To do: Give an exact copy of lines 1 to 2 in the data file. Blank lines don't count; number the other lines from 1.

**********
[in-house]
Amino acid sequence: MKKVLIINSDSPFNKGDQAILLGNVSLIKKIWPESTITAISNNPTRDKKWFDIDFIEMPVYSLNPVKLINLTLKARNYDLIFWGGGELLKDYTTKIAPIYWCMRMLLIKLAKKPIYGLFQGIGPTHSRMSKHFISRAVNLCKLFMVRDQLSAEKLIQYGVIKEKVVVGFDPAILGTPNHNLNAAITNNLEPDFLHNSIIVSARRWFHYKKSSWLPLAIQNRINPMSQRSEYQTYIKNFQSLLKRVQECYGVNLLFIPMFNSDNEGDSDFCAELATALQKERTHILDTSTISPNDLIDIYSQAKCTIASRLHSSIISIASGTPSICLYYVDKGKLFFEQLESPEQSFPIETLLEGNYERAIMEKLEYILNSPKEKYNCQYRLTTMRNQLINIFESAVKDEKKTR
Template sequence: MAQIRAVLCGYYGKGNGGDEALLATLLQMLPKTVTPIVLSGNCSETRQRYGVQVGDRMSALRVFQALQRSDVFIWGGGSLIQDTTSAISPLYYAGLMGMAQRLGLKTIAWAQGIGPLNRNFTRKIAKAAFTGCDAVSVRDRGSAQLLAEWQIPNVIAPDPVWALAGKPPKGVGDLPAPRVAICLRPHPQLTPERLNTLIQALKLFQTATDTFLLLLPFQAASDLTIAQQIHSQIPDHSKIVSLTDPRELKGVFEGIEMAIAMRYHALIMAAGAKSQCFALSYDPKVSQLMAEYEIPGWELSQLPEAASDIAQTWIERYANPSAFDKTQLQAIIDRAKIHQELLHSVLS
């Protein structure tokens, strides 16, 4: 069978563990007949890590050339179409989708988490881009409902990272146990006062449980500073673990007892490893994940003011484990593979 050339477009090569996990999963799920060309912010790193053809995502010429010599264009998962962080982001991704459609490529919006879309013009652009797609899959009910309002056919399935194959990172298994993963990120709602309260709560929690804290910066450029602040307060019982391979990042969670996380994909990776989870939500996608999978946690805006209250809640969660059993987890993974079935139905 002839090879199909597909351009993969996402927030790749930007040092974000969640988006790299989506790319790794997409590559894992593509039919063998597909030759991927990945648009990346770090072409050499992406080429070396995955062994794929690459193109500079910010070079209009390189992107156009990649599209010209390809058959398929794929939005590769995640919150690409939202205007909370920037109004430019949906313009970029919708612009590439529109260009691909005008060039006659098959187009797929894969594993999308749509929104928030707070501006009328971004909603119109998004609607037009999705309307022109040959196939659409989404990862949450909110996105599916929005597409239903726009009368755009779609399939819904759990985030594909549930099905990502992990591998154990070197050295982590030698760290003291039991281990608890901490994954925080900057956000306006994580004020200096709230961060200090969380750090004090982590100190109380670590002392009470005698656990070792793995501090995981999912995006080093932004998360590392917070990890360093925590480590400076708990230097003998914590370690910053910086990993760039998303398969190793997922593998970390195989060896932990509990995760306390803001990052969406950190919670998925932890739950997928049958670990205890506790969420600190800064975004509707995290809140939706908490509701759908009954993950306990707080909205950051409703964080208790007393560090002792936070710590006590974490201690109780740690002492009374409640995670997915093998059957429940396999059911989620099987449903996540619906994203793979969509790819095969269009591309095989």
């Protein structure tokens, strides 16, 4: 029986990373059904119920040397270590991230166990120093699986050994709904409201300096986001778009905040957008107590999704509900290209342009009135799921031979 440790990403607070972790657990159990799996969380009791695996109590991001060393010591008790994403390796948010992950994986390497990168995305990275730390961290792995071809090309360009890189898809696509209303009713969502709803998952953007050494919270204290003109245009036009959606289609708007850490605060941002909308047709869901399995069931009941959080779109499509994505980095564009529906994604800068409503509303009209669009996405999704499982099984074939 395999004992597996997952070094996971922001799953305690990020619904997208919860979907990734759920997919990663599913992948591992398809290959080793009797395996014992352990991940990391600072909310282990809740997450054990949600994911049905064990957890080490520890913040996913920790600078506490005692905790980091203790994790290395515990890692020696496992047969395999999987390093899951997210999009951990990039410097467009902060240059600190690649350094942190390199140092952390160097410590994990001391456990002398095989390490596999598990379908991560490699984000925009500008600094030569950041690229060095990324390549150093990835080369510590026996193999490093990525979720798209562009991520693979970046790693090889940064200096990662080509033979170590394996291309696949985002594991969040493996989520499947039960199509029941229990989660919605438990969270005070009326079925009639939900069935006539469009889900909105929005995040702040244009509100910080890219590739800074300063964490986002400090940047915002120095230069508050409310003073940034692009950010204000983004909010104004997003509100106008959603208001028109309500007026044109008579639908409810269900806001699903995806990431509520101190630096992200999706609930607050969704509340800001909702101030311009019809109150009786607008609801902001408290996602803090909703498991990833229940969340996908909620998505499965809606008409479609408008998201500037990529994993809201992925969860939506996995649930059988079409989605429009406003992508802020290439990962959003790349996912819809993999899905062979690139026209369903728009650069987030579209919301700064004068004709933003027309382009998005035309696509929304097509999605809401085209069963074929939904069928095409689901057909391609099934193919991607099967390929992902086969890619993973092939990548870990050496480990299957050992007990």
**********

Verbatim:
[in-house]
Amino acid sequence: MKKVLIINSDSPFNKGDQAILLGNVSLIKKIWPESTITAISNNPTRDKKWFDIDFIEMPVYSLNPVKLINLTLKARNYDLIFWGGGELLKDYTTKIAPIYWCMRMLLIKLAKKPIYGLFQGIGPTHSRMSKHFISRAVNLCKLFMVRDQLSAEKLIQYGVIKEKVVVGFDPAILGTPNHNLNAAITNNLEPDFLHNSIIVSARRWFHYKKSSWLPLAIQNRINPMSQRSEYQTYIKNFQSLLKRVQECYGVNLLFIPMFNSDNEGDSDFCAELATALQKERTHILDTSTISPNDLIDIYSQAKCTIASRLHSSIISIASGTPSICLYYVDKGKLFFEQLESPEQSFPIETLLEGNYERAIMEKLEYILNSPKEKYNCQYRLTTMRNQLINIFESAVKDEKKTR